Richard Weaver


Ideas Have Consequences

Palatial Porches and Dying Civilizations I take great pains to ensure that the devilish tempo of modern life never breaches my portico. Life should always be in adante, and I like to imagine that the haint blue of the porch repels the unclean spirits of prestissimo. A fine porch can make you feel like King Solomon, and a fine man…
Lafayette Lee
July 27, 2022

Can the South Rise Again?

Growing up in mostly-rural North Carolina, most of my friends and especially their parents could go on a bit about their family backgrounds, about their familial histories. Most of my friends—like me—had great-grandfathers or great-great-grandfathers who had served in Confederate ranks back in 1861-1865. Pride in family and in our ancestors was taken for granted, a devout appreciation we all…
Boyd Cathey
August 16, 2021

Conservative as “Defender of Liberty”

In 1960, the great Southern political philosopher Richard Weaver penned an essay titled “Conservatism and Libertarianism: The Common Ground.” Most people considered Weaver to be a “conservative,” and he accepted the term, but he also thought American conservatives and libertarians had much in common and should work together for a common goal: liberty. The current internal warfare in both conservative…
Brion McClanahan
May 7, 2021

The Southern Tradition: Twenty Years After Richard Weaver

The image of Richard Weaver that sticks in my memory is a disturbing one. He is standing before an audience in a conference room at Vanderbilt University, his gnome-like features barely rising above the tall, polished oak podium that holds his manuscript. He wears a brown, wrinkled suit, shiny at the elbows; and at midmorning he is already in need…
Thomas Landess
May 3, 2019
Review Posts

Recovering Authentic (Politically Incorrect) Conservatism

A review of Writing on the Southern Front: Authentic Conservatism For Our Times (Routledge, 2017) by Joseph Scotchie Joe Scotchie’s recently published anthology Writing on the Southern Front: Authentic Conservatism For Our Times made me aware of the task that confronts every serious student of the Right—recovering what otherwise might slip down the Memory Hole. Both the American media and,…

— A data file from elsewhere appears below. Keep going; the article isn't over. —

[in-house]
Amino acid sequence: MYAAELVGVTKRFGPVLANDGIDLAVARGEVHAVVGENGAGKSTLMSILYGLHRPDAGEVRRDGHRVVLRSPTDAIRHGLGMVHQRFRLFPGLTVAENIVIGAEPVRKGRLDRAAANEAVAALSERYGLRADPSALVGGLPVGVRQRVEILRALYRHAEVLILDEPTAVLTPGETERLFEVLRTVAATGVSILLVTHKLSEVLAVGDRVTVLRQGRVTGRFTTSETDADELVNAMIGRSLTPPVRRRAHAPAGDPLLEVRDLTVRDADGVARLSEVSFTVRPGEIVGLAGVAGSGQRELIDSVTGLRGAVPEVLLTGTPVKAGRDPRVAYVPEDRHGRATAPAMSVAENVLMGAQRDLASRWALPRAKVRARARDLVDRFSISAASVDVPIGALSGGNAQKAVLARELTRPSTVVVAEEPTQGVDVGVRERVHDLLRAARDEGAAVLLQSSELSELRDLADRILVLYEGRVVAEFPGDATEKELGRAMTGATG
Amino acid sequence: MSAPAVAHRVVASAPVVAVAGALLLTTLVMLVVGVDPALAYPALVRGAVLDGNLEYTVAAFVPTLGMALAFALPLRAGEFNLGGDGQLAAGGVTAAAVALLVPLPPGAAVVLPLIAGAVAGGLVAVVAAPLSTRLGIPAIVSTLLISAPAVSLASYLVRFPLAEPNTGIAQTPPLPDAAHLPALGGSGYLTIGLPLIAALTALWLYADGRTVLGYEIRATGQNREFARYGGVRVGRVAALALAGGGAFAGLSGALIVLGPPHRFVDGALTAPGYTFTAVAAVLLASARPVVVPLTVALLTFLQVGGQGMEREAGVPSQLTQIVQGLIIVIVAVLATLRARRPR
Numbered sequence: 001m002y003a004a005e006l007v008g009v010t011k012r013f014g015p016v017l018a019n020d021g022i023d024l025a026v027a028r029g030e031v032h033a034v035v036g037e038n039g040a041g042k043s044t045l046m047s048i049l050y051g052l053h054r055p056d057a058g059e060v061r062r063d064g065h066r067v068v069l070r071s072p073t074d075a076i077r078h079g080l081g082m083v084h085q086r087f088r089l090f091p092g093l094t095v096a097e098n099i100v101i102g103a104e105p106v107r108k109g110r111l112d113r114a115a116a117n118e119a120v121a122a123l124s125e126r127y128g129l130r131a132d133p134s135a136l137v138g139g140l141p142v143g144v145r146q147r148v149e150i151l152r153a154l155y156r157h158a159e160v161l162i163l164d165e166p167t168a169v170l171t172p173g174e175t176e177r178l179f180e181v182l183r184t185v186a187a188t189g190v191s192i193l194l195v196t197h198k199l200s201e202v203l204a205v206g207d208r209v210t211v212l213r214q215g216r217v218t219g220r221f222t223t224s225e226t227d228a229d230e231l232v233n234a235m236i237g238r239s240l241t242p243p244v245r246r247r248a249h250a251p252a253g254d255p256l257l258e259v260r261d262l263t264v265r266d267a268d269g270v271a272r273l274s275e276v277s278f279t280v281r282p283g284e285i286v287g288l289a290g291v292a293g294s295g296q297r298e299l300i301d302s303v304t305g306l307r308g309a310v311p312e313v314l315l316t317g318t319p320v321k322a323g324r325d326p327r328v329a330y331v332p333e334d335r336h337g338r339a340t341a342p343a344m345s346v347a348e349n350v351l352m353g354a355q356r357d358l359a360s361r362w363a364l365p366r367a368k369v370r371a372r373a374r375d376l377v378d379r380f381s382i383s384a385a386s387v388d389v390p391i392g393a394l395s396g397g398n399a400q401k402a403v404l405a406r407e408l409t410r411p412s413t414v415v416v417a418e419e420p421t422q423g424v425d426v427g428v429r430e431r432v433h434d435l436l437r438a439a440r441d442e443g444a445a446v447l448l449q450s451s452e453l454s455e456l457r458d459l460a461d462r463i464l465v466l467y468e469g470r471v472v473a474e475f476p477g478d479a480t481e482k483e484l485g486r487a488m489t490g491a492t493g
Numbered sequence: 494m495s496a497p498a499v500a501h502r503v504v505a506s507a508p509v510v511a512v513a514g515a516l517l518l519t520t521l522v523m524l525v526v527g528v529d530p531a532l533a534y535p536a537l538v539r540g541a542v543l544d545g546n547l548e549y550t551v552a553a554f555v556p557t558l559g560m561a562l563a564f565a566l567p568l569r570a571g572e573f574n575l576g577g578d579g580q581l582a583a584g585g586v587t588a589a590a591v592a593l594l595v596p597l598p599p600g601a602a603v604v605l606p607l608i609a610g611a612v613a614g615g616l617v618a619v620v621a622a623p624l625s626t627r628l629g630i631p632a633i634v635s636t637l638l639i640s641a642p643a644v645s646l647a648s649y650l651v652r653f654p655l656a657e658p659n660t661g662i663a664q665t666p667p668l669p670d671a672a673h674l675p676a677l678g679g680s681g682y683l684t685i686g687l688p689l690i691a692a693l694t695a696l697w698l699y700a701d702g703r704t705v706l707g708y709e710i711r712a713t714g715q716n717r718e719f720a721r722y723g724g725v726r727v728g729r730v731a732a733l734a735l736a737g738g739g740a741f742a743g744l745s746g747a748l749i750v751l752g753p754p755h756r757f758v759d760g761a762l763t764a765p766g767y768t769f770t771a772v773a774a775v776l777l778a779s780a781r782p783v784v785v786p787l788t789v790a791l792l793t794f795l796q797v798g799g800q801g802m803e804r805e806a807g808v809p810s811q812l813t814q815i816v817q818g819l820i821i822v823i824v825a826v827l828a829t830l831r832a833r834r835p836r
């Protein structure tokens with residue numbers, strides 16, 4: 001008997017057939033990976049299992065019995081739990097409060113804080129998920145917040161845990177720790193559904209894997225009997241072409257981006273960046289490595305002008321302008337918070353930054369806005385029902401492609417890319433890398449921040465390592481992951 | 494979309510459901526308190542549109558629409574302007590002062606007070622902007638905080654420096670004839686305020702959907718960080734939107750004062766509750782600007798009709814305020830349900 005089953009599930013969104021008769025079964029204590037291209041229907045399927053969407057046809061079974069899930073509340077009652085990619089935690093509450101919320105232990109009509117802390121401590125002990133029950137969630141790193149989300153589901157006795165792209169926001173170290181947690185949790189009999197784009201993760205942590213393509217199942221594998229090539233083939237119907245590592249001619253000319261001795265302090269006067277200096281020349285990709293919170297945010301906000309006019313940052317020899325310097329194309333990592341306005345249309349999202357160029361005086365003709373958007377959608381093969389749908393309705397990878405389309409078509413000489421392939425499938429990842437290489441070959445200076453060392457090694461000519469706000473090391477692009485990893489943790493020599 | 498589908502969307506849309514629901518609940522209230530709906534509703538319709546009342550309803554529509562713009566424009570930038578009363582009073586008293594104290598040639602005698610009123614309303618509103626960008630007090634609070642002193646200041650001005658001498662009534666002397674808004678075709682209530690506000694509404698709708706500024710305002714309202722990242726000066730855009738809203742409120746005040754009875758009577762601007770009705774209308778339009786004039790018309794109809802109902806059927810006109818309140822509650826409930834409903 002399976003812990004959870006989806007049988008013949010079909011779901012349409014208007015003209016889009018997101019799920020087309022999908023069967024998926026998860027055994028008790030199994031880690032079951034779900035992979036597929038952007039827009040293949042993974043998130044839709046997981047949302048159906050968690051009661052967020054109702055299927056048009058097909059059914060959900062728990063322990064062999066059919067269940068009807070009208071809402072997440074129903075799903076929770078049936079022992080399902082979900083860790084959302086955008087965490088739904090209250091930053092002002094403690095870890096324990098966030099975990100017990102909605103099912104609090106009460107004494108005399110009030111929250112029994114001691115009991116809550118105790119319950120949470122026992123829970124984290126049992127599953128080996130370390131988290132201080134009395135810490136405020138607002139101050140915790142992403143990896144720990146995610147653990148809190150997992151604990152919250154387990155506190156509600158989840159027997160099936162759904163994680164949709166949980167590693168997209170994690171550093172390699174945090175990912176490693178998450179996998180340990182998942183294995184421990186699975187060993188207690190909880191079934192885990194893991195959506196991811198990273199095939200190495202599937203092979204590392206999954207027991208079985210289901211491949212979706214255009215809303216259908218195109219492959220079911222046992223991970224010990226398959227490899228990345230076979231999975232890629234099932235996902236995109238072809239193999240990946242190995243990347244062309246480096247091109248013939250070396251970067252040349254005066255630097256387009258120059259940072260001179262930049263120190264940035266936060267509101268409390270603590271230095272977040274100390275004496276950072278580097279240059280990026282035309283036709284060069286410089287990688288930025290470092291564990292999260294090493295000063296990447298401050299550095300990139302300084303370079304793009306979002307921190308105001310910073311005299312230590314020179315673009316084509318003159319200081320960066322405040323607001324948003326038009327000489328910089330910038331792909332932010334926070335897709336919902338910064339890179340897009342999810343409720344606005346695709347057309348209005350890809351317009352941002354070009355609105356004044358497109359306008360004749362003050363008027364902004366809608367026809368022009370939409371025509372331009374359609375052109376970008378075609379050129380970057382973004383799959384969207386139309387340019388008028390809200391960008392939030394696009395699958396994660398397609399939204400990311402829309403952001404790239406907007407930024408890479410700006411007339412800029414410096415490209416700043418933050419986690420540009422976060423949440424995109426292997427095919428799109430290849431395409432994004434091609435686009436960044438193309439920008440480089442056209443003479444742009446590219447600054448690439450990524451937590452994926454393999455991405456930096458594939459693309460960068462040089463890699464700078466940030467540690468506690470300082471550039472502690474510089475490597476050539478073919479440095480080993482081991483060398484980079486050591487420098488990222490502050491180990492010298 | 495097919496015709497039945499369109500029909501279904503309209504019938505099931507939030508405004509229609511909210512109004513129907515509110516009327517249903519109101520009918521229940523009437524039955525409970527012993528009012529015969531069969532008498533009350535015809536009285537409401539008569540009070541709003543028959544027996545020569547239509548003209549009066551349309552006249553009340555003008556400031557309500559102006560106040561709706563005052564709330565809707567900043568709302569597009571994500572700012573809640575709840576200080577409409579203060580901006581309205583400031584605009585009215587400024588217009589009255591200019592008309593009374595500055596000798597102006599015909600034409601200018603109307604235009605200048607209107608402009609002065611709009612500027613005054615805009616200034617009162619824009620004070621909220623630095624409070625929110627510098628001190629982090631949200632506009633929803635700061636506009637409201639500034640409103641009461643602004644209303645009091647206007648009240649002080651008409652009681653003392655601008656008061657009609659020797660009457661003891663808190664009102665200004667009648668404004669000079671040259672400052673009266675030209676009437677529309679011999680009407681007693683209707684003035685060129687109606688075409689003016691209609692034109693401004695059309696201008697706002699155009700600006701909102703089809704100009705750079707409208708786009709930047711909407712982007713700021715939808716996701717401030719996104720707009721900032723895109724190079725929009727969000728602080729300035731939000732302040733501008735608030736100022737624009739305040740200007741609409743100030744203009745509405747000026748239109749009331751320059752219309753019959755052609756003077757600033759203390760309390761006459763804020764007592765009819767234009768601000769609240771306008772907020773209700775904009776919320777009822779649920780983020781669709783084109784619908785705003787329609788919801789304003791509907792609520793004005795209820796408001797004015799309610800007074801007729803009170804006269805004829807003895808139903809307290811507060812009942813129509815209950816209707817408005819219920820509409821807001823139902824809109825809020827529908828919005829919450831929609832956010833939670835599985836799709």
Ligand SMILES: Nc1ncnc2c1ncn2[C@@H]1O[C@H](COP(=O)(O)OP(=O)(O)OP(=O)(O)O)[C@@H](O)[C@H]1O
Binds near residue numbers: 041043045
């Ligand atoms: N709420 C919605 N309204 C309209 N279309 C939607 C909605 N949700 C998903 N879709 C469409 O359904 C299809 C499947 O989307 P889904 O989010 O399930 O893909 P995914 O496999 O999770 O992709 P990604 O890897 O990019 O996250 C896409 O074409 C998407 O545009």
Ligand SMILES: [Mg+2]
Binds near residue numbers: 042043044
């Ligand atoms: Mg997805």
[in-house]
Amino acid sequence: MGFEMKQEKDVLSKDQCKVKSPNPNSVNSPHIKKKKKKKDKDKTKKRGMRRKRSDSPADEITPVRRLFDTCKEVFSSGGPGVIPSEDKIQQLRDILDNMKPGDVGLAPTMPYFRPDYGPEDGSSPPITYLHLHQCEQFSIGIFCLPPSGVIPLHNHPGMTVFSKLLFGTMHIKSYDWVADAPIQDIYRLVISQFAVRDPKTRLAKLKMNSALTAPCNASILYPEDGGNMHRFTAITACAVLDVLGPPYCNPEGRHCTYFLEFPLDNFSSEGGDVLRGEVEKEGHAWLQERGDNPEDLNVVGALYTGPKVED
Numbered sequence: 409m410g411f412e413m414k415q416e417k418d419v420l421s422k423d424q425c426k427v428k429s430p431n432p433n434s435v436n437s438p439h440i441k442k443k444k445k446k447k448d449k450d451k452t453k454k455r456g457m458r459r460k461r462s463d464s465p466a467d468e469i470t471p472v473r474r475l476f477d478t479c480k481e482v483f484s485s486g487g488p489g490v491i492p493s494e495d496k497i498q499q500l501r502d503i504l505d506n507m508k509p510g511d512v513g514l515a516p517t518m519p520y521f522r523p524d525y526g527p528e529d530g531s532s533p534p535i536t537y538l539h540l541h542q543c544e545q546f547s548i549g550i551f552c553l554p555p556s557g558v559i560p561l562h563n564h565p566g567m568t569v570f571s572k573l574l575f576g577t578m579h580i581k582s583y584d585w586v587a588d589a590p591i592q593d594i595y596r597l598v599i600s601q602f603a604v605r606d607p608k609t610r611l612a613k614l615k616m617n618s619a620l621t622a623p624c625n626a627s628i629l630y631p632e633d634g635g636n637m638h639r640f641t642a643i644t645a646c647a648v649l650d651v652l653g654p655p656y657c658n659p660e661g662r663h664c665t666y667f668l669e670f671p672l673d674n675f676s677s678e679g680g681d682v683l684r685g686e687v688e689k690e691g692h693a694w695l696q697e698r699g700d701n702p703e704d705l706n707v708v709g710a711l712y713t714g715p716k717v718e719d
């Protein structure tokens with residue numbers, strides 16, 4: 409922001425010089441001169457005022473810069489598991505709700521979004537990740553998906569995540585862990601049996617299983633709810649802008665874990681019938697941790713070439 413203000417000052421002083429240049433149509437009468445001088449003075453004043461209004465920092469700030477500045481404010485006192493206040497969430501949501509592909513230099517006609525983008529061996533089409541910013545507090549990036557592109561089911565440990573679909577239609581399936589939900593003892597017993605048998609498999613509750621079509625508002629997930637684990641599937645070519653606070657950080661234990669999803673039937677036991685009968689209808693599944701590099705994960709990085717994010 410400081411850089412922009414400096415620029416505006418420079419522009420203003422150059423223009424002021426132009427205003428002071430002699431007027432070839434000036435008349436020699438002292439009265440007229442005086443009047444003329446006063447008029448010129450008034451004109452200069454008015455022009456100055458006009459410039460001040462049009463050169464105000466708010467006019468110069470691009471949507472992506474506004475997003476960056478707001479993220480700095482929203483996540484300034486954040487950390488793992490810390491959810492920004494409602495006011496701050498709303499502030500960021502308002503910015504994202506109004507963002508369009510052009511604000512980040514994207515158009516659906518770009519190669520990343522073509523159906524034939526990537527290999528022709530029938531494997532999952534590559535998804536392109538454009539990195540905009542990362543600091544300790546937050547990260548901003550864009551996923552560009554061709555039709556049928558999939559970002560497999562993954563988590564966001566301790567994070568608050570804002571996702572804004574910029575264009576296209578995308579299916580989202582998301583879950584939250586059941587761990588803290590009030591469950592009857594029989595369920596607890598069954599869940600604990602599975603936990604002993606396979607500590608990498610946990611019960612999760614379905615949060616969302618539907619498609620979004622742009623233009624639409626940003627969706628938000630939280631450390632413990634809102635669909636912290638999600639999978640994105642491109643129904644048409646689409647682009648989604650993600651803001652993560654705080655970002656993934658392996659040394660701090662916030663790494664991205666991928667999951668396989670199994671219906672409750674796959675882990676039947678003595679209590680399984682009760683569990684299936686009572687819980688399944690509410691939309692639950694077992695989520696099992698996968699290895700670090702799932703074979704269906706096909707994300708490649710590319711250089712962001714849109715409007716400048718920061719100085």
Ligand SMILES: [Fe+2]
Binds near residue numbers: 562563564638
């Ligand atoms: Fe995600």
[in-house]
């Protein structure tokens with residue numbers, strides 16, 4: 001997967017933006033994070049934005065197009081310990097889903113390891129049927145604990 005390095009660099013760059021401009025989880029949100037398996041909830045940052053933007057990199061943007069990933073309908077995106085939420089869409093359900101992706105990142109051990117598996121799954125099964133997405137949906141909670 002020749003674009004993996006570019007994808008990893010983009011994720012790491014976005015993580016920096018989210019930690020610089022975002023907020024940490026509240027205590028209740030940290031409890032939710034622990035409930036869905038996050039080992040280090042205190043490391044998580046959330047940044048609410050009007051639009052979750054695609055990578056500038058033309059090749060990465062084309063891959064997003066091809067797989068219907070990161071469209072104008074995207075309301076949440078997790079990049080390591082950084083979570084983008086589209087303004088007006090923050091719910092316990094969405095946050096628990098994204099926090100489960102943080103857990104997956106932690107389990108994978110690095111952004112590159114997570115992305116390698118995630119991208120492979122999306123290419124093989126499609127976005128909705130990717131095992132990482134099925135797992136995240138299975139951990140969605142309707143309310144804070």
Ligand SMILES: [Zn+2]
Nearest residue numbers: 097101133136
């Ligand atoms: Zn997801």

Paul Gottfried
April 16, 2019

The Challenge of the Southern Tradition

In 1966, Senator Jim Eastland of Mississippi walked into the Senate Judiciary Committee and asked, “Feel hot in heah?” A staffer replied: “Well Senator, the thermostat is set at 72 degrees, but we can make it colder.” Eastland, puzzled by the response, doubled down, “I said, Feel Hot in heah?” The staffer now was perplexed and fearing that he might…
Brion McClanahan
March 25, 2019

Lee the Philosopher

Our culture has, of late, become rather fixated on the idea that every historical figure in our past should have anticipated how moral worldviews would evolve after his or her death. Now, clearly, this is impossible. Picasso and Hemingway, to take two great artists who were also generally terrible people, could not (and should not) have thought about how their…
R.M. Stangler
May 31, 2018

Why the South Won the Civil War

Fred Douglas Young, Richard M. Weaver, 1910-1963: A Life of the Mind. University of Missouri Press, 1995. 217; Joseph Scotchie, editor, The Vision of Richard Weaver. Transaction Publishers, 1995. Early in the fall of 1939, while driving over "the monotonous prairies of Texas" to begin a third dismal year at Texas A & M with its "rampant philistinism, abetted by…
David Middleton
December 18, 2017

Up, Maybe, From Liberalism

When I was active in College Democrats at my small state college, in the early 2000s, we didn’t quite fancy ourselves revolutionaries. Middle class origins were universal; collared shirts were frequent; raised fists were nonexistent. Many of our meetings and events were, like so much else in college, little more than excuses to drink beer. We didn’t aspire to bring…
R.M. Stangler
September 30, 2016
Review Posts

Is Pluralism Enough?

Fr John Strickland, reflecting on the Renaissance of Western Europe, wrote, . . . For Burckhardt, the Renaissance (for the first time a distinct period in history) became the moment of cultural liberation, the breakthrough into the modern age of humanism, individualism, and secularism.  . . . At the heart of this breakthrough was the Renaissance’s reflection on the human…